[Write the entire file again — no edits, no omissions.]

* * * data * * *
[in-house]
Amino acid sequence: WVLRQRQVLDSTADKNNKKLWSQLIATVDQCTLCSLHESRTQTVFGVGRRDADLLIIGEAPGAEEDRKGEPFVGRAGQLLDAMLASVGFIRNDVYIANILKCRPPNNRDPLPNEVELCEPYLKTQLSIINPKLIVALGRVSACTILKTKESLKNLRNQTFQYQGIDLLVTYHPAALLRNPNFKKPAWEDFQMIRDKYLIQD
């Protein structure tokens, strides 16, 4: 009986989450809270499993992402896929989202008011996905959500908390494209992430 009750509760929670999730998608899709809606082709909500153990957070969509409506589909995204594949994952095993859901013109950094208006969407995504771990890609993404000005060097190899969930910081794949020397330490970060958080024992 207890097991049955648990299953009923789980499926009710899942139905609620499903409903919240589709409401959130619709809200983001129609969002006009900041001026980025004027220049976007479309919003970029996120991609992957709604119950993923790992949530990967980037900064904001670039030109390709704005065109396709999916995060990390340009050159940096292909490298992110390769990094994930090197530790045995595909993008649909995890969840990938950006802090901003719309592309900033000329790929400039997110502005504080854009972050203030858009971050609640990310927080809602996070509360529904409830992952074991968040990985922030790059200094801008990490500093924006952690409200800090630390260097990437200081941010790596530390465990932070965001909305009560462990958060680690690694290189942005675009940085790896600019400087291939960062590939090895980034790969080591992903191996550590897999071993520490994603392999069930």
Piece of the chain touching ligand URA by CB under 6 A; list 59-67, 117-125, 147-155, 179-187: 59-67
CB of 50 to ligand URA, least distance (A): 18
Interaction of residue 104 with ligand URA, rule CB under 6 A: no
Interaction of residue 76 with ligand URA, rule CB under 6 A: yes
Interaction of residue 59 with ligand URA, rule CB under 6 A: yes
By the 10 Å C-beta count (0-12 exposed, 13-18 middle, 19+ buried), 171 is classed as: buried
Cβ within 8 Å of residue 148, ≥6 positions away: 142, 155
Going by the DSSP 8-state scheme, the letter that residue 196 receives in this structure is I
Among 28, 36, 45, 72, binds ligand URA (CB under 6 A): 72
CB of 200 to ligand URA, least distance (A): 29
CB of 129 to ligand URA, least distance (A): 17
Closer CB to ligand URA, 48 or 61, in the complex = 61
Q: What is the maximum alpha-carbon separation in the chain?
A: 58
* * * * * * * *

[in-house]
Amino acid sequence: WVLRQRQVLDSTADKNNKKLWSQLIATVDQCTLCSLHESRTQTVFGVGRRDADLLIIGEAPGAEEDRKGEPFVGRAGQLLDAMLASVGFIRNDVYIANILKCRPPNNRDPLPNEVELCEPYLKTQLSIINPKLIVALGRVSACTILKTKESLKNLRNQTFQYQGIDLLVTYHPAALLRNPNFKKPAWEDFQMIRDKYLIQD
């Protein structure tokens, strides 16, 4: 009986989450809270499993992402896929989202008011996905959500908390494209992430 009750509760929670999730998608899709809606082709909500153990957070969509409506589909995204594949994952095993859901013109950094208006969407995504771990890609993404000005060097190899969930910081794949020397330490970060958080024992 207890097991049955648990299953009923789980499926009710899942139905609620499903409903919240589709409401959130619709809200983001129609969002006009900041001026980025004027220049976007479309919003970029996120991609992957709604119950993923790992949530990967980037900064904001670039030109390709704005065109396709999916995060990390340009050159940096292909490298992110390769990094994930090197530790045995595909993008649909995890969840990938950006802090901003719309592309900033000329790929400039997110502005504080854009972050203030858009971050609640990310927080809602996070509360529904409830992952074991968040990985922030790059200094801008990490500093924006952690409200800090630390260097990437200081941010790596530390465990932070965001909305009560462990958060680690690694290189942005675009940085790896600019400087291939960062590939090895980034790969080591992903191996550590897999071993520490994603392999069930």
Piece of the chain touching ligand URA by CB under 6 A; list 59-67, 117-125, 147-155, 179-187: 59-67
CB of 50 to ligand URA, least distance (A): 18
Interaction of residue 104 with ligand URA, rule CB under 6 A: no
Interaction of residue 76 with ligand URA, rule CB under 6 A: yes
Interaction of residue 59 with ligand URA, rule CB under 6 A: yes
By the 10 Å C-beta count (0-12 exposed, 13-18 middle, 19+ buried), 171 is classed as: buried
Cβ within 8 Å of residue 148, ≥6 positions away: 142, 155
Going by the DSSP 8-state scheme, the letter that residue 196 receives in this structure is I
Among 28, 36, 45, 72, binds ligand URA (CB under 6 A): 72
CB of 200 to ligand URA, least distance (A): 29
CB of 129 to ligand URA, least distance (A): 17
Closer CB to ligand URA, 48 or 61, in the complex = 61
Q: What is the maximum alpha-carbon separation in the chain?
A: 58